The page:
- Dan Graziano, ESPN Staff Writer
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Sunday was the kind of day that reminds us all why we love the NFC East. Two knock-down, drag-outs that shook up the standings. Funny thing: A few weeks back, on the suggestion of a reader, we stopped doing the breakfast links in alphabetical order and started doing them in order of the current division standings. Thanks to the NFL's tiebreaker system, the current standings are in alphabetical order. Nutty, huh? Anyway, links:
Dallas Cowboys (6-4)
When the season began, place-kicker was an area of concern for the Cowboys. The thinking was that they didn't have one, and that because Dan Bailey was less awful on field goals than David Buehler was, that's why he made the team. But after making 24 consecutive field goals, including the overtime game-winner Sunday in Washington, Bailey has become one of the Cowboys' reliable sure things, as Calvin Watkins writes.
Rookie running back DeMarco Murray found the going tougher Sunday against Washington than he had so far since getting the starting running back job. But he held up all right and said after the game that he could play today if he had to. Which is good, since the Cowboys' next game is Thursday.
New York Giants (6-4)
Ralph Vacchiano's not shy. He's just going to come right out and say it: The Giants' annual second-half collapse has begun. We'll see. I still think they've shown the ability to be in and maybe win every game they play, and they'll have two chances to beat the Cowboys head to head. But if they stumble against the very tough teams on their remaining schedule, they'll look back on Sunday night as a bad missed opportunity.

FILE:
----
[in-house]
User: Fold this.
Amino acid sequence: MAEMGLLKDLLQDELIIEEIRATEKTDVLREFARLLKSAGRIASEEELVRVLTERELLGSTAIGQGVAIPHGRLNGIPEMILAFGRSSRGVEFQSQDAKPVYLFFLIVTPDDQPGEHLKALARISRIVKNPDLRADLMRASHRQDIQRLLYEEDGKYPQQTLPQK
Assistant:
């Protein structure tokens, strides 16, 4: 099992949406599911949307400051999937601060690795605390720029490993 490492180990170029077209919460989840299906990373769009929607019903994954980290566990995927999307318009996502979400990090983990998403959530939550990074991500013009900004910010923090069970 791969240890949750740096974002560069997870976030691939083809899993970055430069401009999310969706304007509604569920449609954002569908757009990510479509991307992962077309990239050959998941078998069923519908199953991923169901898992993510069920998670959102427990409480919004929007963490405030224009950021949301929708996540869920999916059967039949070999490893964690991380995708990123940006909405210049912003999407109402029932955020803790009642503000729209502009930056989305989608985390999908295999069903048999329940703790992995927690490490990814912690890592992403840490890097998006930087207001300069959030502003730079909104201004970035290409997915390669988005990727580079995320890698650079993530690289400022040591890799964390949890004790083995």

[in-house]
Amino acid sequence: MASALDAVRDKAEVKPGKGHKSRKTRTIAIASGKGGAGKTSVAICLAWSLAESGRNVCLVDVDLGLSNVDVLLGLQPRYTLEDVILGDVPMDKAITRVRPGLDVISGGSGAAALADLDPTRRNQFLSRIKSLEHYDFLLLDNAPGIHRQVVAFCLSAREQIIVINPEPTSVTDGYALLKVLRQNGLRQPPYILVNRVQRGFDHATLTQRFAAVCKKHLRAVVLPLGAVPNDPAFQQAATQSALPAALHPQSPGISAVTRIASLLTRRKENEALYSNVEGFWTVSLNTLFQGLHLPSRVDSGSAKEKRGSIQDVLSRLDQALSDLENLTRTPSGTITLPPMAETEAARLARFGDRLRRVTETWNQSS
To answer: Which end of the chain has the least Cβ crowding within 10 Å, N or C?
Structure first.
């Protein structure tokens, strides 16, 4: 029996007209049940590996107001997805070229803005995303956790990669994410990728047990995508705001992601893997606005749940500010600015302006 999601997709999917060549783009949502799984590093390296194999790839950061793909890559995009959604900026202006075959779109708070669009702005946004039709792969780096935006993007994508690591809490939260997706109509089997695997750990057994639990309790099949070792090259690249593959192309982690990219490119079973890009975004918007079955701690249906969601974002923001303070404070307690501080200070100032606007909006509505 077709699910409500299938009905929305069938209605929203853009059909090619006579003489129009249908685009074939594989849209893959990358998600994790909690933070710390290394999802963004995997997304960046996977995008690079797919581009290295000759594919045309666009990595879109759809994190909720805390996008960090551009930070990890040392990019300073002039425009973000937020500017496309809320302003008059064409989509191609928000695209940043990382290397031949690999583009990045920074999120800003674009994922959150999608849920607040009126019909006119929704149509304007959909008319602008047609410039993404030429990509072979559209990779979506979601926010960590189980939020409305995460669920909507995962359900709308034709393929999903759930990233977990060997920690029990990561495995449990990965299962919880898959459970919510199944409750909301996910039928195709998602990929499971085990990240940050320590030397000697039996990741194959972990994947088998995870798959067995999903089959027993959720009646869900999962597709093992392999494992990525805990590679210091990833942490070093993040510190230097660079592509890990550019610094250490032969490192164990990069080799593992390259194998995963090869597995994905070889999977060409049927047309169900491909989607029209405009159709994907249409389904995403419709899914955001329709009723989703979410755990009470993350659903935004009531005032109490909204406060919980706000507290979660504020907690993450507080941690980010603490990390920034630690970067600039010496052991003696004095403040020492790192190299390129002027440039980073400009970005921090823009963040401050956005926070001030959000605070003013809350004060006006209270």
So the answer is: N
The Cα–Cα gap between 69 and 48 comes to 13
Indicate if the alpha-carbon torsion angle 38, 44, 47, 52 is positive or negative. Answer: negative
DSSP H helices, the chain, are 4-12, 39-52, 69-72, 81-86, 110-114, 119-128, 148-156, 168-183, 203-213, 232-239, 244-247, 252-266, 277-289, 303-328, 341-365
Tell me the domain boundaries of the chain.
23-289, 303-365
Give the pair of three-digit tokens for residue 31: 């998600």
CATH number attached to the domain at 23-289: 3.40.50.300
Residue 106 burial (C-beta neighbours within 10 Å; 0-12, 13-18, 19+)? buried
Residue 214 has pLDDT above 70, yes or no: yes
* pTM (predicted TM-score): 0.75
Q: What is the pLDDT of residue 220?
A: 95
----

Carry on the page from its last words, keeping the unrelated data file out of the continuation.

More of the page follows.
What Tom Coughlin wanted to know when it was all over, Steve Politi writes, was "Why?" As in, why didn't the Giants play as though they knew the Eagles were going to scratch and claw and do everything they had to do to win? It's possible that the Giants reached that conclusion by watching any number of the Eagles' first nine games, but I'm just sayin'.
Philadelphia Eagles (4-6)
Man, DeSean Jackson was fired up after that game. Considering he cost the Eagles 50 yards with a taunting penalty after a big sideline catch, and considering that he missed the previous week's loss to the Cardinals after missing a team meeting the day before and getting benched, Jackson was downright chirpy. "The playmaker ability, just the spark, the energy I'm able to bring to this team, people don't really understand the light that I bring and just kind of shine on my teammates," he said, according to Jon Tamari. And I guess not, but in people's defense, Jackson's kept all of that light and spark and energy pretty well hidden this year.
After the game, Andy Reid was noncommittal about his starting quarterback for next week's game against the Patriots. As Jeff McLane writes, it'll be Michael Vick if he's healthy enough to play without limitations. But if he's not, Reid liked what he saw from Vince Young on Sunday night and doesn't want to put Vick "in a bad position, that's for sure."
Washington Redskins (3-7)
Dan Daly saw signs of life and excitement in the Redskins' near-miss loss to the Cowboys on Sunday, and he agrees that's a good thing. Remember, this is a team that's building for the future, and the players who are going to be around for that near-term future can benefit from the feel-good moments they have along the way, even if they come in a loss.
Problem is, the Redskins can't seem to stop guys from getting hurt. Trent Williams is having an MRI on his knee today, and if he's out for an extended period of time, opposing defenses are going to start teeing off on Redskins quarterbacks the way the Bills did when Williams missed that game and John Beck got sacked 10 times. And that's not going to help anybody's mood or development.